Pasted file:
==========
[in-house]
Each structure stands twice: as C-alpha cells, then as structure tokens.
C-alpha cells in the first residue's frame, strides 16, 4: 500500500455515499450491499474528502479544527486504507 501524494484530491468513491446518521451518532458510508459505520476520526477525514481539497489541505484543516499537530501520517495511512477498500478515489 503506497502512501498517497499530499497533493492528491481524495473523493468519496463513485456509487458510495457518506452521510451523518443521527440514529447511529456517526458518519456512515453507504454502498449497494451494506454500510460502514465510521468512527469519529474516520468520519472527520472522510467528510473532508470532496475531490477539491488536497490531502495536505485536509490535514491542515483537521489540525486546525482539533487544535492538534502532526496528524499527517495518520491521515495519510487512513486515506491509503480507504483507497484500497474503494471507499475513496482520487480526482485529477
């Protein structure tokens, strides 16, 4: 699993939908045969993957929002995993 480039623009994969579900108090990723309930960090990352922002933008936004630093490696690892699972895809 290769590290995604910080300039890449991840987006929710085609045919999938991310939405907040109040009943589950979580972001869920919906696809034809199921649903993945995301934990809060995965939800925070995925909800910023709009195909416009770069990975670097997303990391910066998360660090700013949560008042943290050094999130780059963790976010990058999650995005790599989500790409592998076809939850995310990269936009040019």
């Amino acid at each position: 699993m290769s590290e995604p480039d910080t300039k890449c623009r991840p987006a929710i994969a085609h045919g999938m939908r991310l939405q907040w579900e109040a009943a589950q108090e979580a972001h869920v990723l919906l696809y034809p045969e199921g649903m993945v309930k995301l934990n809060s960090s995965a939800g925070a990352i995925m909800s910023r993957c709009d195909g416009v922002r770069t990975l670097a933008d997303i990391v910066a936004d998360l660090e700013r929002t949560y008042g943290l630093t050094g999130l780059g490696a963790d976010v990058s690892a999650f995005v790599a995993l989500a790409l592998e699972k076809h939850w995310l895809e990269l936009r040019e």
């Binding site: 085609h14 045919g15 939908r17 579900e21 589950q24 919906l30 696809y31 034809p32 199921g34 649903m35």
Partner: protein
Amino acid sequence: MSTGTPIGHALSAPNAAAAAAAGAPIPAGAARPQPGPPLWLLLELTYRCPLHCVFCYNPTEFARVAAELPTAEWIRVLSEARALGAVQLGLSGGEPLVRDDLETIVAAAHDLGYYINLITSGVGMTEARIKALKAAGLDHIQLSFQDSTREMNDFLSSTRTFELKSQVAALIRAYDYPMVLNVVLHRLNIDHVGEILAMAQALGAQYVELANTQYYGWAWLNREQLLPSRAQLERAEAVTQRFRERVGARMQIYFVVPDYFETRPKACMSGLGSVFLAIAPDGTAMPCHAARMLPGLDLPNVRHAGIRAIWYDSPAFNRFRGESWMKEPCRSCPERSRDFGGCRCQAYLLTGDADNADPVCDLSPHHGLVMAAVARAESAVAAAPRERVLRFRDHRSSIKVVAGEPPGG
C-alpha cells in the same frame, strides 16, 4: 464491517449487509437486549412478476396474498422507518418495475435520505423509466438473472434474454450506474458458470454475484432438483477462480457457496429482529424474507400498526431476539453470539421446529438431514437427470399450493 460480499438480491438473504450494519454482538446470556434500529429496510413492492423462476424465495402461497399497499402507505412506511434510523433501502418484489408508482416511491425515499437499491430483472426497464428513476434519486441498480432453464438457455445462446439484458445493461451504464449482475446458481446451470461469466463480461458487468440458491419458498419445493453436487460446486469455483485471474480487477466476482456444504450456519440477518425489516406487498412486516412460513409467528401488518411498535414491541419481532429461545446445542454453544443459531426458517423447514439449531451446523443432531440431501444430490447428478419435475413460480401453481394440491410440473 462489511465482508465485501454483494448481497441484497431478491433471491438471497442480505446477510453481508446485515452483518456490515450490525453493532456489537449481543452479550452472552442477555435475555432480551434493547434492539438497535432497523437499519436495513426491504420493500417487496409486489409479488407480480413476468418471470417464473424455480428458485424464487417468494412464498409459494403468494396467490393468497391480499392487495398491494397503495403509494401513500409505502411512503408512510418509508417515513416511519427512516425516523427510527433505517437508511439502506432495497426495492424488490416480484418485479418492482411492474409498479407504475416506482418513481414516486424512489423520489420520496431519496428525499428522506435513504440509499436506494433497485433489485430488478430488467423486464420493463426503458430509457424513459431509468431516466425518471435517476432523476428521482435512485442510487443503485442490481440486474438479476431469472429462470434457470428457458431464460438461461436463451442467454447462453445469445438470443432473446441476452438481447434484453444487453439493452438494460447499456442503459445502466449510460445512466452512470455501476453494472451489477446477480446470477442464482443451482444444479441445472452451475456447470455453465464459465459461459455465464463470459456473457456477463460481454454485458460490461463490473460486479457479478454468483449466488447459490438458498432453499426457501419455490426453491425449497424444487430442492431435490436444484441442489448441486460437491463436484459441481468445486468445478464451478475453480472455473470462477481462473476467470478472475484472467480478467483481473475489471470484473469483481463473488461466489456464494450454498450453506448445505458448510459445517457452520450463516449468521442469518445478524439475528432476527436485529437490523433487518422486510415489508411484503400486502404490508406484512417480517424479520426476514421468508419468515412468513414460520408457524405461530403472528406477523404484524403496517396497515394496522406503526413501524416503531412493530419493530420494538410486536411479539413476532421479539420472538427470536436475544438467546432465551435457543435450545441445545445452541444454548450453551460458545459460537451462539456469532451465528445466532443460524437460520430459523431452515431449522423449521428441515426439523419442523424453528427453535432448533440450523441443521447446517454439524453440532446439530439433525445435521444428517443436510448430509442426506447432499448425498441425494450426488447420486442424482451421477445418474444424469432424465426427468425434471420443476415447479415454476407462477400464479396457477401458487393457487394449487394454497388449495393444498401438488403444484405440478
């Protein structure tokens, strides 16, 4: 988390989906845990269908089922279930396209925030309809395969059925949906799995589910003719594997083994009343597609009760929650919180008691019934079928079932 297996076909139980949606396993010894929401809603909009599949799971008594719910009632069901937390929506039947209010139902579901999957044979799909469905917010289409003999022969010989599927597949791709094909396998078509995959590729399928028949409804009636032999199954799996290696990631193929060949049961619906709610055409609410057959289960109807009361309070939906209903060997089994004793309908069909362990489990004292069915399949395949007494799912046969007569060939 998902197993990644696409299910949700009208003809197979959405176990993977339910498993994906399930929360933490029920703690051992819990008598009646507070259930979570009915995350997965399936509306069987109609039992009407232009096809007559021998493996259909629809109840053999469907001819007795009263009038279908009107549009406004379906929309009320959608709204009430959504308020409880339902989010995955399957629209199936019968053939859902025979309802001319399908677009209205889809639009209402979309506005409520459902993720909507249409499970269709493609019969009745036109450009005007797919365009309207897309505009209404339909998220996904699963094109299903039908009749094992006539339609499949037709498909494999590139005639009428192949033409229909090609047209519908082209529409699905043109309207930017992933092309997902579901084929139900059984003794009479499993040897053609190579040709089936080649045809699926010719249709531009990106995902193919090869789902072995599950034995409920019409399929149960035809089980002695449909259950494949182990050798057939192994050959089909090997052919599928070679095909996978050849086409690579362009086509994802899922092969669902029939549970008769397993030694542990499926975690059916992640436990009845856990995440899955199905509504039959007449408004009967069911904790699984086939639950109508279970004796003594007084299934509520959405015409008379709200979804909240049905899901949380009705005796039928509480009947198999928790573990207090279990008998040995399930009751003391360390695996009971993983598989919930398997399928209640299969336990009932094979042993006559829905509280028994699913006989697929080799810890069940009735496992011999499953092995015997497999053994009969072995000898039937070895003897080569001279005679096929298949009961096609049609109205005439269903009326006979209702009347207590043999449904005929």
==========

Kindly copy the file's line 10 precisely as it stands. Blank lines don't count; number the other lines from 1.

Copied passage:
């Protein structure tokens, strides 16, 4: 988390989906845990269908089922279930396209925030309809395969059925949906799995589910003719594997083994009343597609009760929650919180008691019934079928079932 297996076909139980949606396993010894929401809603909009599949799971008594719910009632069901937390929506039947209010139902579901999957044979799909469905917010289409003999022969010989599927597949791709094909396998078509995959590729399928028949409804009636032999199954799996290696990631193929060949049961619906709610055409609410057959289960109807009361309070939906209903060997089994004793309908069909362990489990004292069915399949395949007494799912046969007569060939 998902197993990644696409299910949700009208003809197979959405176990993977339910498993994906399930929360933490029920703690051992819990008598009646507070259930979570009915995350997965399936509306069987109609039992009407232009096809007559021998493996259909629809109840053999469907001819007795009263009038279908009107549009406004379906929309009320959608709204009430959504308020409880339902989010995955399957629209199936019968053939859902025979309802001319399908677009209205889809639009209402979309506005409520459902993720909507249409499970269709493609019969009745036109450009005007797919365009309207897309505009209404339909998220996904699963094109299903039908009749094992006539339609499949037709498909494999590139005639009428192949033409229909090609047209519908082209529409699905043109309207930017992933092309997902579901084929139900059984003794009479499993040897053609190579040709089936080649045809699926010719249709531009990106995902193919090869789902072995599950034995409920019409399929149960035809089980002695449909259950494949182990050798057939192994050959089909090997052919599928070679095909996978050849086409690579362009086509994802899922092969669902029939549970008769397993030694542990499926975690059916992640436990009845856990995440899955199905509504039959007449408004009967069911904790699984086939639950109508279970004796003594007084299934509520959405015409008379709200979804909240049905899901949380009705005796039928509480009947198999928790573990207090279990008998040995399930009751003391360390695996009971993983598989919930398997399928209640299969336990009932094979042993006559829905509280028994699913006989697929080799810890069940009735496992011999499953092995015997497999053994009969072995000898039937070895003897080569001279005679096929298949009961096609049609109205005439269903009326006979209702009347207590043999449904005929």